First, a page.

Irish Medical Organisation, Annual General Meeting, Aviva Stadium, 28 May 2022.
Chair of the IMO consultant committee and incoming President Dr Clive Kilgallen outlines how the medical profession have been let down by successive Governments.
Covid-19 brought into sharp focus all the issues which, for over a decade, we in the IMO have been advocating for: The urgent need for significantly improved bed capacity and infrastructure; the crisis in medical workforce recruitment and retention; and the inherent dangers of longer and longer waiting lists.
Throughout this time, our proposals have been falling on deaf ears and we now are living with the consequences of misguided cuts to health budgets, the implementation of inequitably and inherently unfair pay policy for consultants and no serious sustainable effort to tackle the effects of a decade of underfunding.
Political decisions have left our health service in a perilous state with a demoralised, overworked, and burnt-out workforce. Covid-19 and the HSE cyberattack have been devastating, presenting many challenges, which have taken their toll on the professional and personal lives of our members.
However, Covid did not make the political decisions that have brought us to this point.
We can and must do better. This requires political will to even make a start on addressing the problems. No single contract can resolve the problems that beset our service, but a contract can, at least, be designed to retain and attract much needed consultants into our public health services.
Other jurisdictions are spectacularly successful at recruiting Irish consultants – why? Because they value, respect, support and enable them to have fulfilling careers. Successive Governments here, on the other hand, seem to adopt a position that consultants are the enemy and an obstacle.
Nothing could be further from the truth. Consultants have for many, many years advocated strongly for a first-class health service that delivers timely care to patients, for a service that actively enables consultants to be leaders in delivering care. Yet any solutions we propose are, at best, met with lip service.
We now have more than 850 vacant posts. As the HSE recruitment struggles continue, what hope do we have of delivering upon the additional 2,000 consultants that will be required over the next five years. This crisis in our consultant workforce is a direct result of the unilateral 30 per cent pay cut imposed on our colleagues in 2012.
The inevitable consequences, which were entirely predictable, are dangerously high waiting lists, which now sit above 1.3 million; a service that is incapable of delivering timely care; and a workforce that has no trust in Government or confidence that anything will change for the better.
It is, therefore, all the more unbelievable that the Government would produce a draft consultant contract that further exacerbated the problems and has been met with an overwhelmingly negative response from both consultants and trainees.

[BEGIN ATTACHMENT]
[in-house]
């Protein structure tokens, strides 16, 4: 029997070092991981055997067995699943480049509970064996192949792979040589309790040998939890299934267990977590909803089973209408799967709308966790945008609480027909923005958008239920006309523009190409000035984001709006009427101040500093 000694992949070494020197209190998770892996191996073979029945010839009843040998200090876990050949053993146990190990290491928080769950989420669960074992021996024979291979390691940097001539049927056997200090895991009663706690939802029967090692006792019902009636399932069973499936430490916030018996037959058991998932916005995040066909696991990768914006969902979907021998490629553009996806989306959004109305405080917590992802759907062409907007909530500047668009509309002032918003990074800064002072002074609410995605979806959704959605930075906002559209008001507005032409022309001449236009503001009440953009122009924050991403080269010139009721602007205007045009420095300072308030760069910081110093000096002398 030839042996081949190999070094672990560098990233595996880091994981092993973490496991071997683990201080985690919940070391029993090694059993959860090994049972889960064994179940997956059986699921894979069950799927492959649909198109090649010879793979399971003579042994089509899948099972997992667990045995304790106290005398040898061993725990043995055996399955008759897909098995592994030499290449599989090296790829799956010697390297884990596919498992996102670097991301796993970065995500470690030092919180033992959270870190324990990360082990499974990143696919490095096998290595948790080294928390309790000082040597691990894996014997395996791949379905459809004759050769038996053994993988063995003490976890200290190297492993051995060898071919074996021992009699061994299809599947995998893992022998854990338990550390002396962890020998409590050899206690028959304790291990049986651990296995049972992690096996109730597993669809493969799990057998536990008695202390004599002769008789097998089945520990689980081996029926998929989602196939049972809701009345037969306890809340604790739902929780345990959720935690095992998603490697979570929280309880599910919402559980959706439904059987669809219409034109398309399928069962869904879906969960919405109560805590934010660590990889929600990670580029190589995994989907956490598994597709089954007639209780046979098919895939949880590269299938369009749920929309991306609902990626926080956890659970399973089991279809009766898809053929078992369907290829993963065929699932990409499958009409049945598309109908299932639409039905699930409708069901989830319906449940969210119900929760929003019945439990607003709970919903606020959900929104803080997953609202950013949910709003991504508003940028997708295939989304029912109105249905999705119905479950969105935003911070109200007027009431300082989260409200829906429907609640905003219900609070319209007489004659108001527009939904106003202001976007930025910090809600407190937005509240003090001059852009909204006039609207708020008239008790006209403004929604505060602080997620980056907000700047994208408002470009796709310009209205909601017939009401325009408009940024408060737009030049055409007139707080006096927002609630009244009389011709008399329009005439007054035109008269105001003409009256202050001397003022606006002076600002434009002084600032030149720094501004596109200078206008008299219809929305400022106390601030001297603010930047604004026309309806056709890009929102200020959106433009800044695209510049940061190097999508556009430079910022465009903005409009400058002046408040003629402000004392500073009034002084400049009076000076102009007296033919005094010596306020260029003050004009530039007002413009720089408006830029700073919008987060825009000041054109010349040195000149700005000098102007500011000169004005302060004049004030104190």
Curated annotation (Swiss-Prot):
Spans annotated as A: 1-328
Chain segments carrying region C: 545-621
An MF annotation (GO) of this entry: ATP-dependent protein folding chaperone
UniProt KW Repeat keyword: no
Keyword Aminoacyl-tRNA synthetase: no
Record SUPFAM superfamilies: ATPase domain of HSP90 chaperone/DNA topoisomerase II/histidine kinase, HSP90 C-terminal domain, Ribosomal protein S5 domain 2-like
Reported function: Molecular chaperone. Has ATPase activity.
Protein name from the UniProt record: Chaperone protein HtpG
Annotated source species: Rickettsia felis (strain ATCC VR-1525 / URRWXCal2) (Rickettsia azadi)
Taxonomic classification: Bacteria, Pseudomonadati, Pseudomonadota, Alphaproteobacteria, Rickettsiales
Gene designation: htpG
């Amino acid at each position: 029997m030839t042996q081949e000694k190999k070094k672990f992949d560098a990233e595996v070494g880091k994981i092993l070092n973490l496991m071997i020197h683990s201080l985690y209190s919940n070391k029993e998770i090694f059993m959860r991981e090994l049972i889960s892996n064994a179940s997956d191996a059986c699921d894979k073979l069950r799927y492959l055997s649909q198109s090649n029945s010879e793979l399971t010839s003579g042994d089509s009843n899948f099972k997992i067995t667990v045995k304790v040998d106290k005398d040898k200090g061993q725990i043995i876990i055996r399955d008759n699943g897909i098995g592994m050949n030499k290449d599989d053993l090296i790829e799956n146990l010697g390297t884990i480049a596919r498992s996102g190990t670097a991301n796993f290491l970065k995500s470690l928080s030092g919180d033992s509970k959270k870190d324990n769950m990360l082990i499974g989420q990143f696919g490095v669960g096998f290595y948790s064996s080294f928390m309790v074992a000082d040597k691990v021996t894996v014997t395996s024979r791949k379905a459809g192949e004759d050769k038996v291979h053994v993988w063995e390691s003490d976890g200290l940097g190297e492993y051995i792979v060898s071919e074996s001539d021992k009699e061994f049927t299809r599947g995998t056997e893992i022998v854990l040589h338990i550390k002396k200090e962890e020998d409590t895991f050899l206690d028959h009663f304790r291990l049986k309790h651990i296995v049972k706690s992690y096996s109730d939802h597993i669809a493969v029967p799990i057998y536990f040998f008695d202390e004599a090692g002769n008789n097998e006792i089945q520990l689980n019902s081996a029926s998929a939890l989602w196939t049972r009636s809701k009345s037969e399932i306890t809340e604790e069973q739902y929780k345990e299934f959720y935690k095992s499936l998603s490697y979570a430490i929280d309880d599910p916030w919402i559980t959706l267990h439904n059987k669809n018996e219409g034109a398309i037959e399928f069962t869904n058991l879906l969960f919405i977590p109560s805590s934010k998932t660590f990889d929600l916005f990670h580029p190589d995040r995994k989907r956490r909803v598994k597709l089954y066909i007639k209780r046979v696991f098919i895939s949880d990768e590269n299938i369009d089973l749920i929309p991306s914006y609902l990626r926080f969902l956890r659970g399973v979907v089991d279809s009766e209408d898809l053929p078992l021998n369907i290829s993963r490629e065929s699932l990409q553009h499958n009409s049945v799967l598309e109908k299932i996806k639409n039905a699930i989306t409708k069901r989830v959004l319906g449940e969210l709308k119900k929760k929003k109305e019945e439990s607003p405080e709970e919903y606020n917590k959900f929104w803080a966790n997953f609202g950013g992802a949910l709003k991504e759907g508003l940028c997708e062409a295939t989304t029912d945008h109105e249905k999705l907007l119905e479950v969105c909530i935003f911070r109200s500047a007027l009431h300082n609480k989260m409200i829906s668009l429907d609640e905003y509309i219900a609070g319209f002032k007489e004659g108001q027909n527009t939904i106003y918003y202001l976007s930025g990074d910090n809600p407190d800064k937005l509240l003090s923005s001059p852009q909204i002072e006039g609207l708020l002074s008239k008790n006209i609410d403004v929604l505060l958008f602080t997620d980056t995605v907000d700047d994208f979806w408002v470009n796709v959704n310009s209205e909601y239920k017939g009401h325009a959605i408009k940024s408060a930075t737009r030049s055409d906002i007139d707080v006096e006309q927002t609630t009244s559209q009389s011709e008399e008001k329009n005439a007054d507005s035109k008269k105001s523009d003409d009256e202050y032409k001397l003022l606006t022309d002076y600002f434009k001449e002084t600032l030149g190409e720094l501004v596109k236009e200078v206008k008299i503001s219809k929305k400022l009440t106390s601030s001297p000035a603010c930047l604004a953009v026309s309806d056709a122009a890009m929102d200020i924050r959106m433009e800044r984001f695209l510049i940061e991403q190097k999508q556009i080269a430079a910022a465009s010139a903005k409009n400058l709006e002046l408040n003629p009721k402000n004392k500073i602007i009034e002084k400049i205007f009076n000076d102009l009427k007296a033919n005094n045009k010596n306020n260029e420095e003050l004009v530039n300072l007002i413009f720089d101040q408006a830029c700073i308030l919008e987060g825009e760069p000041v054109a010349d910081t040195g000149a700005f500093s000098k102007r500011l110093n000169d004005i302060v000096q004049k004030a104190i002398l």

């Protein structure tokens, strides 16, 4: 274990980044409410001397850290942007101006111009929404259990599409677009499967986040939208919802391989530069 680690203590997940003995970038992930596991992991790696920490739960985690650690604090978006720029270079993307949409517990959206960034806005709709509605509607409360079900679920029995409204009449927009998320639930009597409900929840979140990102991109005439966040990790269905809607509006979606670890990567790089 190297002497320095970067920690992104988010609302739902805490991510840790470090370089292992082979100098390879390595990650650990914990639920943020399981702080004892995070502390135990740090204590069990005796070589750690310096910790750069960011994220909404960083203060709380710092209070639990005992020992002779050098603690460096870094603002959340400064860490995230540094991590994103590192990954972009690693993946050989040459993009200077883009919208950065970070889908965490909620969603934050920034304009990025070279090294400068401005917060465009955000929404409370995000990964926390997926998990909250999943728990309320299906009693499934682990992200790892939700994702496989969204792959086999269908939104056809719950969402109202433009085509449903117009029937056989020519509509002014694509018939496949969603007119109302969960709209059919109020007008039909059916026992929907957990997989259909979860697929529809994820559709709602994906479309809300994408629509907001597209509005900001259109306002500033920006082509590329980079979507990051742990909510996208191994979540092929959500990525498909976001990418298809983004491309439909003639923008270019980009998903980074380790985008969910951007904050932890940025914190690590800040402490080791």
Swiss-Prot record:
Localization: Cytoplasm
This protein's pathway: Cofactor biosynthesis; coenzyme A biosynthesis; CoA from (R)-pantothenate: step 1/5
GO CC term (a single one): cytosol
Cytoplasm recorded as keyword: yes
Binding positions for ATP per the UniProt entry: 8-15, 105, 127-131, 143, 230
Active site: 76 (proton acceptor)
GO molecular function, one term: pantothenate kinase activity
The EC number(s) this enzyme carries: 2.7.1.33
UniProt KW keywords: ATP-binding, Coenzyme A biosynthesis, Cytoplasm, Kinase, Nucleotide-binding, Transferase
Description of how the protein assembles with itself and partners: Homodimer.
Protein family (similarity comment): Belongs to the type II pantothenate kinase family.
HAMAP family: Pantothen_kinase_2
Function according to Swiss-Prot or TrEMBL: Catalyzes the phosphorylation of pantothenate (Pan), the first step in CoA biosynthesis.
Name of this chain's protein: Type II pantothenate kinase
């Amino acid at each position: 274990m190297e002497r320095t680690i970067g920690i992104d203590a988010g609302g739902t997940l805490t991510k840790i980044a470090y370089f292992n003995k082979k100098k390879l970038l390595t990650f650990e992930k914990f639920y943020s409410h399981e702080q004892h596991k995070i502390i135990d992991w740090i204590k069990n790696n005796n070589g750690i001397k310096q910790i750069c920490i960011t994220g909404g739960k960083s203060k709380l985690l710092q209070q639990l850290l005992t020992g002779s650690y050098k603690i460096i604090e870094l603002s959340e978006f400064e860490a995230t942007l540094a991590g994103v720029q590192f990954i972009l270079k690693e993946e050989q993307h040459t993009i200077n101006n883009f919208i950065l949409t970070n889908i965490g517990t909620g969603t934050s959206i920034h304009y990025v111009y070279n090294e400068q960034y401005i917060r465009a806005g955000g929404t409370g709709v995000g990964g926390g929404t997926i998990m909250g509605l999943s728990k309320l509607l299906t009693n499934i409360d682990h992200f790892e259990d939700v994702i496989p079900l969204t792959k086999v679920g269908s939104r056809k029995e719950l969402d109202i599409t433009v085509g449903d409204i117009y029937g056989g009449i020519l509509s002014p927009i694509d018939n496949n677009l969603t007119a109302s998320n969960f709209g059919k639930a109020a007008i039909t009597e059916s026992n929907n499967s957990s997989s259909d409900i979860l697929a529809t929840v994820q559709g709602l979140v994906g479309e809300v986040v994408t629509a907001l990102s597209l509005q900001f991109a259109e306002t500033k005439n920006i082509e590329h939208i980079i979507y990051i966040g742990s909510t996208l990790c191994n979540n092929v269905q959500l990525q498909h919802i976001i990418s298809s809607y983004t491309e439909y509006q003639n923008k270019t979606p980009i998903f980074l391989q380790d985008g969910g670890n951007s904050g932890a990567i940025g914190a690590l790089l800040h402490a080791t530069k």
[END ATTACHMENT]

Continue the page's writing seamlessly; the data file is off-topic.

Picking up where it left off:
Not only are those consultants and trainees who are currently working in Ireland opposed to so many aspects of the proposals, but those working abroad have clearly indicated that they would not return on the basis of this draft contract.
As always, the IMO is willing to engage with the Department of Health and the HSE on developing a contract that is capable of delivering a solution to recruitment issues, capable of enabling consultants to do their job and develop skills and capable of being implemented in a fair and equitable manner.
On behalf of consultants, we proactively engaged and proposed workable solutions to address the crisis and right the wrong that was imposed on our colleagues who took up consultant posts after October 2012. While those negotiations were suspended due to the departure of the independent Chair, it is very disappointing that the process has not restarted to date.
However, in the meantime, the Government decided to further disrespect and potentially breach current agreements. The restoration of hours imposed during austerity is a key feature of the current public service agreement Building Momentum and we are appalled that any move would be made to exclude consultants from this process.
Consultants are already working significantly over and above their contracted hours and this is simply not acceptable. Similarly recent indications from Government that consultants may not be paid their contractual and legitimate final FEMPI restoration payment in July 2022 is yet another example of not honouring agreements already reached. We must be able to trust that agreements reached will be honoured.
Reaching agreements and breaking those agreements have become an all too familiar response by Government and the HSE. We see the same happening to our NCHD colleagues, the very doctors we are depending on to keep the service going now and to be the consultants and medical leaders of the future. As consultants we are fully behind their campaign #StandingUp4NCHDs.
Let there be no doubt that we are with them in this fight. Many of the current cohort of consultants engaged in industrial action as NCHDs; we know their struggles and it is more than disappointing to see it all happening again.
Our NCHDs look at our own working conditions and our own contract issues. Is it any wonder they choose to leave rather than pursue a consultant career here in Ireland? Will the Government never learn?
You have to treat your employees with dignity and respect, honour agreements, allow them to do their jobs, and listen to them.